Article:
While it is well documented that resistance training induces increases in both skeletal muscle and fat free mass, the relative changes in each are not as well understood. While fat free mass has been reported to increase by about 2 kilograms after 10-16 weeks of weight training, increases in skeletal mass are unknown. These results are published in the British Journal of Sports Medicine.
To date, MRI has only been used to assess regional areas of skeletal muscle mass. However, improved technology and demonstrated safety now allow its use on the entire body. In this study, male subjects were evaluated from head to toe after a period of 16 weeks of heavy weight training including squats, knee extensions, knee flexions, bench press and latissimus dorsi pull downs. Workouts included a warm up set followed by three sets of 8-12 repetitions, to failure. Weights were increased as needed to maintain the 8-12 repetition per set standard.
Total body skeletal muscle mass and distribution were measured using MRI, from the first cervical vertebra to the ankle joints. Hydrostatic weighing was used to measure body density, and those figures were used to calculate body fat percentage. Body mass minus fat mass was used as the estimate of fat free mass.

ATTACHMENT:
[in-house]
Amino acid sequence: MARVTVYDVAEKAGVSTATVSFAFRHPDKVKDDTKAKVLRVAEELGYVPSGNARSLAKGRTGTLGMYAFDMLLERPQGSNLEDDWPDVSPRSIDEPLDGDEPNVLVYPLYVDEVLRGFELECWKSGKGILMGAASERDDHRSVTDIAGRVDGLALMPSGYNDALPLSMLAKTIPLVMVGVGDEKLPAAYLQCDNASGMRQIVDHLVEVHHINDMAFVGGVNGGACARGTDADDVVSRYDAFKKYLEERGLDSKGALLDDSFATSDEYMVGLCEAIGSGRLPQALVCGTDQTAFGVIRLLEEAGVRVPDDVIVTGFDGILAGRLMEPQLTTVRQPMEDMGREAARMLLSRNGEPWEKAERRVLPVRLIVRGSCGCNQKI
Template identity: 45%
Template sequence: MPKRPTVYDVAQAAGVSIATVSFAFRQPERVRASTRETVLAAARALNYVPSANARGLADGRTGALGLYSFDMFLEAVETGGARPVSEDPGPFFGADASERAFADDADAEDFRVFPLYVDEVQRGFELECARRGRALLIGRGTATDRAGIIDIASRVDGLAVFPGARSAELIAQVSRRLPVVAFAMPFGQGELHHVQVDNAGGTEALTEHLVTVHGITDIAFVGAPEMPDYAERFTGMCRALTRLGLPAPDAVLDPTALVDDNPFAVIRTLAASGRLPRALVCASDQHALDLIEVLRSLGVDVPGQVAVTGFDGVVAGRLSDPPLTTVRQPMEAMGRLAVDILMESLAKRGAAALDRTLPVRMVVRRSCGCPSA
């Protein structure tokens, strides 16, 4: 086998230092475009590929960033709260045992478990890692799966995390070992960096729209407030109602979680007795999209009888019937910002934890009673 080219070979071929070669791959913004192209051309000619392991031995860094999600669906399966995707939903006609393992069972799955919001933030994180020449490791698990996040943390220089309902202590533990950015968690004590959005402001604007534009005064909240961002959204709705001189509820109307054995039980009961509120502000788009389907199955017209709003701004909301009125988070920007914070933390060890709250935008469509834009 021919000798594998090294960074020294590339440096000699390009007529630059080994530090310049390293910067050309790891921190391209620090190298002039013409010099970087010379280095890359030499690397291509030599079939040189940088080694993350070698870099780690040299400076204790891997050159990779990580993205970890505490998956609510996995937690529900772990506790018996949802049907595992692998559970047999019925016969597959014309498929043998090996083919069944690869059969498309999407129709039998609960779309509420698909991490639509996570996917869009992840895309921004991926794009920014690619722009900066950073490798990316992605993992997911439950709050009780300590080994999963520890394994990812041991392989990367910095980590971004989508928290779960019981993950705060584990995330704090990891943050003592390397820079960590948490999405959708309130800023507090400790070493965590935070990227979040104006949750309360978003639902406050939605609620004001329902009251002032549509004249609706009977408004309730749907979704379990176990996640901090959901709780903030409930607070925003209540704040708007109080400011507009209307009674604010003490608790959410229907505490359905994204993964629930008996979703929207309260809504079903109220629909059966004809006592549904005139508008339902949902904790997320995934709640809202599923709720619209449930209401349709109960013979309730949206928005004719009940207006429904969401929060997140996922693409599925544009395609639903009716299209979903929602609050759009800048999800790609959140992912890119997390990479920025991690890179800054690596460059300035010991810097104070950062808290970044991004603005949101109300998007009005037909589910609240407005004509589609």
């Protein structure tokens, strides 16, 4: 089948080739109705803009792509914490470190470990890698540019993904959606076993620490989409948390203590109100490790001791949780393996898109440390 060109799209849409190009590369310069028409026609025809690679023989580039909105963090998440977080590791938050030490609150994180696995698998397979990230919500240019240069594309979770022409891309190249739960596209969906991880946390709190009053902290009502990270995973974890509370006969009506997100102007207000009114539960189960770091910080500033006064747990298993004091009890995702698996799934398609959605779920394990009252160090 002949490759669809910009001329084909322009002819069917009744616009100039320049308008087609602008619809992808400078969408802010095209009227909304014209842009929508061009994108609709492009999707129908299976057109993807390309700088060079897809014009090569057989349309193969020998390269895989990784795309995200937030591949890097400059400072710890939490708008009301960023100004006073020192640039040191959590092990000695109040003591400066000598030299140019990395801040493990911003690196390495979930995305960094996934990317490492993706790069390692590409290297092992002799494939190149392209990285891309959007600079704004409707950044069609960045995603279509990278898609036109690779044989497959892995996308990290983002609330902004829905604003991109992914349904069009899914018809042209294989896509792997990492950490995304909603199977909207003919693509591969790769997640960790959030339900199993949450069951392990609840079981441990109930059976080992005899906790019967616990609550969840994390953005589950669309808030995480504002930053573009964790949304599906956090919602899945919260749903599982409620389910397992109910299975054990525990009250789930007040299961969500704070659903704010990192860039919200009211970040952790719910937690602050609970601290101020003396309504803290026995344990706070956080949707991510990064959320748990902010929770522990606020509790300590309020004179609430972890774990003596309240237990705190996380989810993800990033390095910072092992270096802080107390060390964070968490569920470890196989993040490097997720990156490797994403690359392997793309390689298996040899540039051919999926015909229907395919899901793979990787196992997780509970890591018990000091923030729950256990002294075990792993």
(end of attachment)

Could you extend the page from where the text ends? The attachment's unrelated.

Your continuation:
The results showed that total skeletal mass had increased by 4.2 kilograms and fat free mass by 2.6 kilograms at the end of the study. Interestingly, the proportions of increase in muscle hypertrophy were not uniform throughout each region of the body or muscle group, and varied from person to person. The main conclusion of the study was that weight training-induced increases in skeletal muscle are larger than weight training induced increases in fat free mass. The researchers write, "…our data show that muscle hypertrophy did not occur uniformly throughout each individual muscle or region - for example, trunk, arm, and leg - of the body. Therefore the distribution of muscle hypertrophy and skeletal muscle mass are important for evaluating the effects of total body resistance training because there are differences between relative changes in individual muscle cross sectional area and skeletal muscle mass."